I’ve started the Amabie Challenge!

I’m a writer for Gallery Seek and I’m starting an Amavie Challenge!

With the spread of the new coronavirus, “00 Challenge” is becoming popular to cheer people up through social networking sites and to increase the fun at home.
In the midst of the spread of the new coronavirus, “00 Challenges” are becoming popular to cheer people up through social networking sites and to increase the fun at home.

One of them is the “Amabie Challenge.

What is Amabie?
Amabie is a monster that is said to have appeared in the sea in Kumamoto in 1846 and prevented the spread of a plague.

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Edo period kawaraban (tile tablet) depicting the specter Amabie (Kyoto University Library collection)

[Legend of Amabie]
In the Edo period (1603-1867), a glowing object appeared every night in the sea in Higo Province (present-day Kumamoto Prefecture).
When a government official went there, he found a mysterious figure emerging from the sea.
I am Amabie,” he said.
He said, “For the next six years, there will be a good harvest everywhere. But if a disease spreads, I will make a picture of my appearance and show it to the people as soon as possible.” He is said to have said these prophetic words, and then disappeared back into the sea.

Gallery Seek is pleased to announce that one of our artists has painted a work using “amabie” as a motif!

Here is Eriko Tomoda’s Amabie Challenge!

 

アマビエ作品

Edo period kawaraban (tile tablet) depicting the specter Amabie (Kyoto University Library collection)

[Legend of Amabie]
In the Edo period (1603-1867), a glowing object appeared every night in the sea in Higo Province (present-day Kumamoto Prefecture).
When a government official went there, he found a mysterious figure emerging from the sea.
I am Amabie,” he said.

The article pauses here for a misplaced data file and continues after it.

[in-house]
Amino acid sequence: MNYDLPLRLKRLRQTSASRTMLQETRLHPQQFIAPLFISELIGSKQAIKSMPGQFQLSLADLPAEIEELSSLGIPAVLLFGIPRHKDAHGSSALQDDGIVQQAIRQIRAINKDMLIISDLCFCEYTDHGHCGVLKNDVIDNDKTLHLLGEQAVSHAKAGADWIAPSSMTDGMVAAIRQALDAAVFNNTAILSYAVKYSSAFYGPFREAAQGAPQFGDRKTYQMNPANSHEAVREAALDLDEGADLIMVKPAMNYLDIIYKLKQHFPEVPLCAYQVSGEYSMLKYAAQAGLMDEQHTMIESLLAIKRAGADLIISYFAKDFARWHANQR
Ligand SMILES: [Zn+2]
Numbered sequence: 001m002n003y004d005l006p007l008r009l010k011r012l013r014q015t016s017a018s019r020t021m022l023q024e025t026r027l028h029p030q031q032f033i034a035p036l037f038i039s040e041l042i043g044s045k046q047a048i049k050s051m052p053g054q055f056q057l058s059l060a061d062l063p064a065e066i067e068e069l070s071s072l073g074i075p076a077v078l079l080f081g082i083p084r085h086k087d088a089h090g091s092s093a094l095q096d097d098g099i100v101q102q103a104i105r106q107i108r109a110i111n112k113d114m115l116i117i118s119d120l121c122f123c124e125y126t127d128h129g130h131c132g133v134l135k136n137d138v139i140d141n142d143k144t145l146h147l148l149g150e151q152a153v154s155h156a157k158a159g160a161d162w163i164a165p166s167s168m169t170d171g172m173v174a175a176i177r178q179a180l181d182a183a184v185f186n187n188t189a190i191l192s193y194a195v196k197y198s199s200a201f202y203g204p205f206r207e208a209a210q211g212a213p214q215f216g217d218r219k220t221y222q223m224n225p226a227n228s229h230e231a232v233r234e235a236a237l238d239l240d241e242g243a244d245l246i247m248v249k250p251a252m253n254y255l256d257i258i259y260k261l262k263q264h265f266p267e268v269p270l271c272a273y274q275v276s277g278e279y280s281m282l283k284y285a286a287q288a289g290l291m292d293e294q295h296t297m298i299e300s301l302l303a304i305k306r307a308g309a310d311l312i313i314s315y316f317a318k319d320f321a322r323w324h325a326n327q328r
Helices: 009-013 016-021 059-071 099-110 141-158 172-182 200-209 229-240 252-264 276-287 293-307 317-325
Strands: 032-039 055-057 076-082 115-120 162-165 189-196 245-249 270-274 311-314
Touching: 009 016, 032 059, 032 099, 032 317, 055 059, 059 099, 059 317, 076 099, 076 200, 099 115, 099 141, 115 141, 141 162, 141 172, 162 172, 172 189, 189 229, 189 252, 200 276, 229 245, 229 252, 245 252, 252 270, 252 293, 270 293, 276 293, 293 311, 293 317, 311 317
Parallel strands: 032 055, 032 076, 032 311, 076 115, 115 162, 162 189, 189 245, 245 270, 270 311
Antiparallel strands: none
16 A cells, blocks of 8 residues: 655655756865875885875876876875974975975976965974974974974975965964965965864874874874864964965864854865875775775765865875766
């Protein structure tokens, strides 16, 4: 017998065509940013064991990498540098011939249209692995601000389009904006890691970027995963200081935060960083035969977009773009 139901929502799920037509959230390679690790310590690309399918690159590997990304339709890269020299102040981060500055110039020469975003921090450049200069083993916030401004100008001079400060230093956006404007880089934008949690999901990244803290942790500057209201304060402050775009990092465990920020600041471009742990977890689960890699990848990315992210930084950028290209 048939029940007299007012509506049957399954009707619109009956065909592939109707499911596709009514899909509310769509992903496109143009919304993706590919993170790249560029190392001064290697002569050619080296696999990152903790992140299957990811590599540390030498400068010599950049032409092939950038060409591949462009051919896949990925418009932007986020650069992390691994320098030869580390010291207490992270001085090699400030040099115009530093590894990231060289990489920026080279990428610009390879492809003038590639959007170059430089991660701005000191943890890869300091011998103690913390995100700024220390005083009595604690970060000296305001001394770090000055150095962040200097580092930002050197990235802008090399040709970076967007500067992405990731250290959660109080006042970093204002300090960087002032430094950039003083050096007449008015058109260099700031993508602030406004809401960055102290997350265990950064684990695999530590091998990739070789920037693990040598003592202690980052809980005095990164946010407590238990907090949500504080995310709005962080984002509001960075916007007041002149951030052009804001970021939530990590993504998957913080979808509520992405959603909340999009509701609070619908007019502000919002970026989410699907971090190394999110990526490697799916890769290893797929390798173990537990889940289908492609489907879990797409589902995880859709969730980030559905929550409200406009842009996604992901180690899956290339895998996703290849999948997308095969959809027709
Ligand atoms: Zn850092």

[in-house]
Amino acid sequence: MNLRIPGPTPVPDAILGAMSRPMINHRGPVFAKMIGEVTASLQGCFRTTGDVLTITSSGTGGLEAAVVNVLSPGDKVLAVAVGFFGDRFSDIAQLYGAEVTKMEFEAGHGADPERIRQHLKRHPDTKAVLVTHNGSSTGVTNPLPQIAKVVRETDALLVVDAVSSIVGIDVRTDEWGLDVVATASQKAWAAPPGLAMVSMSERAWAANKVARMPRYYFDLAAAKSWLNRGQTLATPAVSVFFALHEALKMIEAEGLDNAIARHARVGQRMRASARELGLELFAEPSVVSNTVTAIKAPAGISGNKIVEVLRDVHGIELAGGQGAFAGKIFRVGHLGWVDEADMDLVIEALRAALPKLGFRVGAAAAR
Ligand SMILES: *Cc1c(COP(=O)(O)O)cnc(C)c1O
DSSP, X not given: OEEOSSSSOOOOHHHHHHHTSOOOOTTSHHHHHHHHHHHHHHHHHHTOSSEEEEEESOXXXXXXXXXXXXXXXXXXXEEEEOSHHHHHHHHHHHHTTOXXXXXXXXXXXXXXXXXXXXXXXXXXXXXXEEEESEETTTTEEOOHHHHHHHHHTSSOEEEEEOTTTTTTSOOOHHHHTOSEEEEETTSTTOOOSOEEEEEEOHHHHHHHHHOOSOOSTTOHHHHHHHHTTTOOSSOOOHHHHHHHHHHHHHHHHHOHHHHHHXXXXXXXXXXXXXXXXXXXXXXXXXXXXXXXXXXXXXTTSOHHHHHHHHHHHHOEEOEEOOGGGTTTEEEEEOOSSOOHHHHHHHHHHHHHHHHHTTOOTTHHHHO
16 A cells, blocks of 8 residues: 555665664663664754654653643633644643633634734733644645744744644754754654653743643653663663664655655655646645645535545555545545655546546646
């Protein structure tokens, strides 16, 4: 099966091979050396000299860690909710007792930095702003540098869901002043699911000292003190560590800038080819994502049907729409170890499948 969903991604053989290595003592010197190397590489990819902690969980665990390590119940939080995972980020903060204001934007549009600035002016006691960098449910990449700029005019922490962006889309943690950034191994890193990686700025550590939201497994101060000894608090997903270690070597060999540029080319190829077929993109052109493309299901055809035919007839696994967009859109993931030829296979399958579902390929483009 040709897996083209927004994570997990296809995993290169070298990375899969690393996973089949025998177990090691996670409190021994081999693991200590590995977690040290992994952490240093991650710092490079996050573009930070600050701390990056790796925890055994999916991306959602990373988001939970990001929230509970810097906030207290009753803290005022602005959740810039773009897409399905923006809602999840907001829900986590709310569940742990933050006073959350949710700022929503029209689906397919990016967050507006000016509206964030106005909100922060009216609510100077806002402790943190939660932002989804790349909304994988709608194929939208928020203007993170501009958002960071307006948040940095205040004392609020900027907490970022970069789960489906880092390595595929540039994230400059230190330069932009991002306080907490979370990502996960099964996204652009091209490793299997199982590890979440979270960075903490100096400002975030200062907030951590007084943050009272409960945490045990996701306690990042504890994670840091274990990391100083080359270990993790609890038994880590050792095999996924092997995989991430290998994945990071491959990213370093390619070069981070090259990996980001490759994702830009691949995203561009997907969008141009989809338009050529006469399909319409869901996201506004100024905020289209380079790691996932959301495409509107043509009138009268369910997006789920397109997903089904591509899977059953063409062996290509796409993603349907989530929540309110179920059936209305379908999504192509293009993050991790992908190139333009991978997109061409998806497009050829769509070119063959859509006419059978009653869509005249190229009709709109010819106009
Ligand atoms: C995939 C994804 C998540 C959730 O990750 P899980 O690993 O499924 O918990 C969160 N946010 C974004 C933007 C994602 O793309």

He said, “For the next six years, there will be a good harvest everywhere. But if there is an epidemic of disease, I will make my image the title: “Pray for the world.

Amabie is said to be closer to a god than a monster because he tries to protect people.

The artist has drawn the figure more as a god praying for the people (the world).

Amabie’s characteristic scales are used as a scale pattern on her kimono, and her three legs are used as three tails in the image of the Ryugunotsukai.
The three legs are also incorporated into the image.

The result is like a character inspired by the “amabie” and created by Tomoda himself, which gives his work a different charm from the usual!

 

The above works may be exhibited at Gallery Seek in the future. It is said that he dove back into the sea after saying something prophetic like, “I want you to copy it and show it to the people as soon as possible.

Gallery Seek is pleased to announce that one of our artists has painted a work using “amabie” as a motif!

Here is Eriko Tomoda’s Amabie Challenge!

 

関連アーティスト

Eriko Tomoda

Eriko Tomoda

I paint with the feeling of the universal beauty that I want to look at from the flowers and birds around me, from the universe, and from the passing of time. When I look at a flower blooming at my feet, if I imagine the vastness and size of the universe, I realize that I am looking at the preciousness of this moment in time. I want to touch the relationship, technique, and sensitivity that nature and people have cultivated over a long period of time by looking at the strong, soft, and beautiful Japanese paper that contains light. I think it is my role as a painter to continue to search for the form of beauty and prayer within me while being guided by nature and materials.